You know, now with such "research", social science people will be rattling on about it as if it became a solid scientific finding "backed by research", rather than a conventional wisdom that it really is and remains so.

Kick it up a notch: spokeo.com (4, Informative)

jackpot777 (1159971) | more than 4 years ago | (#31452288)

If you want to see just how much of 'you' (and anyone else in the US) there is out there for all to see, go to Spokeo [spokeo.com] and type in your name. It got my marital status wrong and had a few gaps regarding interests. But my address was on the button and it provided the view of my house from Google StreetView. Just in case I win the lottery and someone wants to kidnap me...

Re:Kick it up a notch: spokeo.com (1)

houghi (78078) | more than 4 years ago | (#31452522)

So they looked up data in a phonebook and linked the outcome to the google maps wiki. Wow.
Strangely the things that are not genrally known it had wrong.

A better thing would be to just use google to find stuff and people. I used the site above for someone who I know in the states and it found nothing. Google gave me much more detail.

Re:Kick it up a notch: spokeo.com (1)

jackpot777 (1159971) | more than 4 years ago | (#31452590)

My phone number is unlisted. Has been all my life. I'm not in the phonebook, and I never have been. I'll let that sink in.

Here's how they do it. (2, Interesting)

khasim (1285) | more than 4 years ago | (#31452760)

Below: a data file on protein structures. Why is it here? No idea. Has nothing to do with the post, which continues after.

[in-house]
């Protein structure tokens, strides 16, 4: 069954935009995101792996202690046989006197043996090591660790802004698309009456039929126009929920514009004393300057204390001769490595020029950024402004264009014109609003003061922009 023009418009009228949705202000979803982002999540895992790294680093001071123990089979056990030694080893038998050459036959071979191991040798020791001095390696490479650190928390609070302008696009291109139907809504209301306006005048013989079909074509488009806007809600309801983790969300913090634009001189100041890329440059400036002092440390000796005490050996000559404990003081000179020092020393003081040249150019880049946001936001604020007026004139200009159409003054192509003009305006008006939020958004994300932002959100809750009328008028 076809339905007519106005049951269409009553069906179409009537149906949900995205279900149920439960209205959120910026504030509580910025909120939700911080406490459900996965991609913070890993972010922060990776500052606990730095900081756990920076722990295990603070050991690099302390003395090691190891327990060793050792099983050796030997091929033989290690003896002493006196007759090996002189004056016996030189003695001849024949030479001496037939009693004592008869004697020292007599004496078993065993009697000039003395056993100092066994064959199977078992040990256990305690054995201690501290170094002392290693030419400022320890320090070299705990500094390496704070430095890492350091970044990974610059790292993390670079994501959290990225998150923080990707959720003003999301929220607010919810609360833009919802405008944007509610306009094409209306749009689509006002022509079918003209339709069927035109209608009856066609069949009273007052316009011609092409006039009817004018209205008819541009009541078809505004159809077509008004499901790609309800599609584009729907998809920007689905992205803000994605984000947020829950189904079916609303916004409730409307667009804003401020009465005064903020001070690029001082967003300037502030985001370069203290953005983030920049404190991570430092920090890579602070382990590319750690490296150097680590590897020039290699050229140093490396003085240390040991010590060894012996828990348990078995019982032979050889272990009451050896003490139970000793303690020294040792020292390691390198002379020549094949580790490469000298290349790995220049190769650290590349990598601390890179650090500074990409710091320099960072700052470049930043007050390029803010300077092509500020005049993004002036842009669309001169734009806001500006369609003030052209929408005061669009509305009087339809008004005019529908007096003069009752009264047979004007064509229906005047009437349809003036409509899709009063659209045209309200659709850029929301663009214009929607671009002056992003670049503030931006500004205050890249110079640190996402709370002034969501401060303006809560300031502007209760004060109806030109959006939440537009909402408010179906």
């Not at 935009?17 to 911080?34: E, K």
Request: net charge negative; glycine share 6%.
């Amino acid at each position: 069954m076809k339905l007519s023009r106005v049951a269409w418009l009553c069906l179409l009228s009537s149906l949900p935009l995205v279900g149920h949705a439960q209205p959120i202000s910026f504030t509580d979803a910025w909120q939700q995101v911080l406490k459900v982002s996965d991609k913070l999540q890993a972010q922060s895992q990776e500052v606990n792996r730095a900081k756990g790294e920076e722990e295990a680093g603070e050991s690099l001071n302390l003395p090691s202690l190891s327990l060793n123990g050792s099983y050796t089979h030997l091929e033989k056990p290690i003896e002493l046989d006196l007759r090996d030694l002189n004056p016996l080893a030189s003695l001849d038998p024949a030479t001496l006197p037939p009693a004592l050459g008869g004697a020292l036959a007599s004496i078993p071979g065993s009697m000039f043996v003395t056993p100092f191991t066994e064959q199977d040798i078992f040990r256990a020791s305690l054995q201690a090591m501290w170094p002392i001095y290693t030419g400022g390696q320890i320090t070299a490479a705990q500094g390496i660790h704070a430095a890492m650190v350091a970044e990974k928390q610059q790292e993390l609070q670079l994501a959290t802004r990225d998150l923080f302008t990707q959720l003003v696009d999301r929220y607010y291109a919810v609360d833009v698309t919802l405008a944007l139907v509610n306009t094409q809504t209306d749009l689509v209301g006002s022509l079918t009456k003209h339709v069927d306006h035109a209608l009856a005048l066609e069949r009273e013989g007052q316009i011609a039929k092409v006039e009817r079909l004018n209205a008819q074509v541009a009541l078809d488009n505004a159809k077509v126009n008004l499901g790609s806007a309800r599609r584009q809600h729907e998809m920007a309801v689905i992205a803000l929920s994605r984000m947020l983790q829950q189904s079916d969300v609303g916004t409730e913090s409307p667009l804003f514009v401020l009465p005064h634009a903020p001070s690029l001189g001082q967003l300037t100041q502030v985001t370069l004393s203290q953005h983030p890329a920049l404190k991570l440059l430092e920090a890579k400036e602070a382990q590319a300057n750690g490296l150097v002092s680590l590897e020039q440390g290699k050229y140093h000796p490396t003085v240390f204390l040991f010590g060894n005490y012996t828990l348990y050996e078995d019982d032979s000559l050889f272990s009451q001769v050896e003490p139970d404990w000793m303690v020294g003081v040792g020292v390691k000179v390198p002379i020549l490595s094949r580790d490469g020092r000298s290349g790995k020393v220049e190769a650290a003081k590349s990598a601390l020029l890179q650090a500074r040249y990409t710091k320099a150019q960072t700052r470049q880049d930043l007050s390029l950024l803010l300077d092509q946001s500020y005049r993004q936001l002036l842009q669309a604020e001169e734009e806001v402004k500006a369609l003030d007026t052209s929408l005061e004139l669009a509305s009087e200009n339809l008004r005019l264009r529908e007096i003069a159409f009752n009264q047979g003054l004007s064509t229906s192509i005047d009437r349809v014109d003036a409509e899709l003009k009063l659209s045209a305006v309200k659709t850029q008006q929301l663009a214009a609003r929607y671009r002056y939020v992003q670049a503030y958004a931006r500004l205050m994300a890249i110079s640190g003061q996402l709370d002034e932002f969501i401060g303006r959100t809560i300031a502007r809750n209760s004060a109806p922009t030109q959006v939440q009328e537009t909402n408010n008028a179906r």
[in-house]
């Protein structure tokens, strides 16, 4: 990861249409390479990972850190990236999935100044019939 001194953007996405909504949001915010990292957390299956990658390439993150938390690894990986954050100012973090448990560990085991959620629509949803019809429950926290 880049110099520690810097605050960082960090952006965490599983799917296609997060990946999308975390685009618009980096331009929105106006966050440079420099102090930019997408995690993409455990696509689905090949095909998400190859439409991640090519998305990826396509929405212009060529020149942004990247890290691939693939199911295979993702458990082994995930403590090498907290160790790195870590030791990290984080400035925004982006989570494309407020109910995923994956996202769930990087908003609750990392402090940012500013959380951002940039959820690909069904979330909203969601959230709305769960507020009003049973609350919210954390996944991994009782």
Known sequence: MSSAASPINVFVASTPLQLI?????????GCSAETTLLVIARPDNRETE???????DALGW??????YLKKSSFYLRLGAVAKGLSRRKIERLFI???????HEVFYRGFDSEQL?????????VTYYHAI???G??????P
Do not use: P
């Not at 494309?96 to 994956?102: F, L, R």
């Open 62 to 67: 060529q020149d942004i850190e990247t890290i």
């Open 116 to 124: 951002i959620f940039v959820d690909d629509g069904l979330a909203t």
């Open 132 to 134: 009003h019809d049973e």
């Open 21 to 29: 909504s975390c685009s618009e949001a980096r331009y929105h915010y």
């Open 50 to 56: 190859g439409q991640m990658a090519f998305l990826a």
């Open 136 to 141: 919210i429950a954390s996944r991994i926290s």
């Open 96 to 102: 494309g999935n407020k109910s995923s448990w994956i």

Go to www.zabasearch.com and type in your name.

It will probably turn up a few addresses. Now all that's left is to geo-locate your IP address and dump the addresses close to that location onto Google Maps.

Even if you have an unlisted phone number your address is easy to find.

Re:Kick it up a notch: spokeo.com (0)

Anonymous Coward | more than 4 years ago | (#31453016)

Ever fill out a change of address form with the post office?

Yeah... about half the info listed is wrong. Marital status, zodiac sign... wrong. Interests? That looks like a total crapshoot. I mean... "Enjoys Entertainment." Really... who would have thought it. There's no need for me to go into which ones are absolutely wrong, because I see no need to clean up that company's database. In fact, let me just check that little box below.

On the other hand, there is one hobby on there which I have taken up lately that they would only know about if the had access to my Google Maps history... I hadn't talked about that to the internet about that in any other way. And as far as "hobbies" go, it would be a bad one to assume most residents of my country do... in fact, looking at these hobby results there is a good chance that more of this info comes from web browsing/searching info than from social networking. Hmm... some of this stuff applies more to my mom and sister than to me. They occasionally use my computer... Hmm.